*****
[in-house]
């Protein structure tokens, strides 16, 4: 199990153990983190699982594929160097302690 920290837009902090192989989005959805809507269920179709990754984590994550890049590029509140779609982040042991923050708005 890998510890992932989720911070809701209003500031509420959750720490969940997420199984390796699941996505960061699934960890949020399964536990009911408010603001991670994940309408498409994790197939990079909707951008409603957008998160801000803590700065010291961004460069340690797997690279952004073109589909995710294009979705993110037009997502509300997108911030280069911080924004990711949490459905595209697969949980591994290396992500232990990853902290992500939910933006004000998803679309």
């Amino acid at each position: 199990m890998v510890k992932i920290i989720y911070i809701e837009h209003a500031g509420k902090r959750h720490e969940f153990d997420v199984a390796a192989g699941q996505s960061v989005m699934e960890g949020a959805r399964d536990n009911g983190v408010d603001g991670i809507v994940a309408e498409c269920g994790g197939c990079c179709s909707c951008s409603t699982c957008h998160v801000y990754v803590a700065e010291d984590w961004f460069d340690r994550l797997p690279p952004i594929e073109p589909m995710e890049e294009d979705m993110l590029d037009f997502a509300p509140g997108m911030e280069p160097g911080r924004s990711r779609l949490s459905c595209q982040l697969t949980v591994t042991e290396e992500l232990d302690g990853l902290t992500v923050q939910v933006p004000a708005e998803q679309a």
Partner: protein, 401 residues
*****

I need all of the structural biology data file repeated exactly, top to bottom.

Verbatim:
[in-house]
């Protein structure tokens, strides 16, 4: 199990153990983190699982594929160097302690 920290837009902090192989989005959805809507269920179709990754984590994550890049590029509140779609982040042991923050708005 890998510890992932989720911070809701209003500031509420959750720490969940997420199984390796699941996505960061699934960890949020399964536990009911408010603001991670994940309408498409994790197939990079909707951008409603957008998160801000803590700065010291961004460069340690797997690279952004073109589909995710294009979705993110037009997502509300997108911030280069911080924004990711949490459905595209697969949980591994290396992500232990990853902290992500939910933006004000998803679309």
């Amino acid at each position: 199990m890998v510890k992932i920290i989720y911070i809701e837009h209003a500031g509420k902090r959750h720490e969940f153990d997420v199984a390796a192989g699941q996505s960061v989005m699934e960890g949020a959805r399964d536990n009911g983190v408010d603001g991670i809507v994940a309408e498409c269920g994790g197939c990079c179709s909707c951008s409603t699982c957008h998160v801000y990754v803590a700065e010291d984590w961004f460069d340690r994550l797997p690279p952004i594929e073109p589909m995710e890049e294009d979705m993110l590029d037009f997502a509300p509140g997108m911030e280069p160097g911080r924004s990711r779609l949490s459905c595209q982040l697969t949980v591994t042991e290396e992500l232990d302690g990853l902290t992500v923050q939910v933006p004000a708005e998803q679309a």
Partner: protein, 401 residues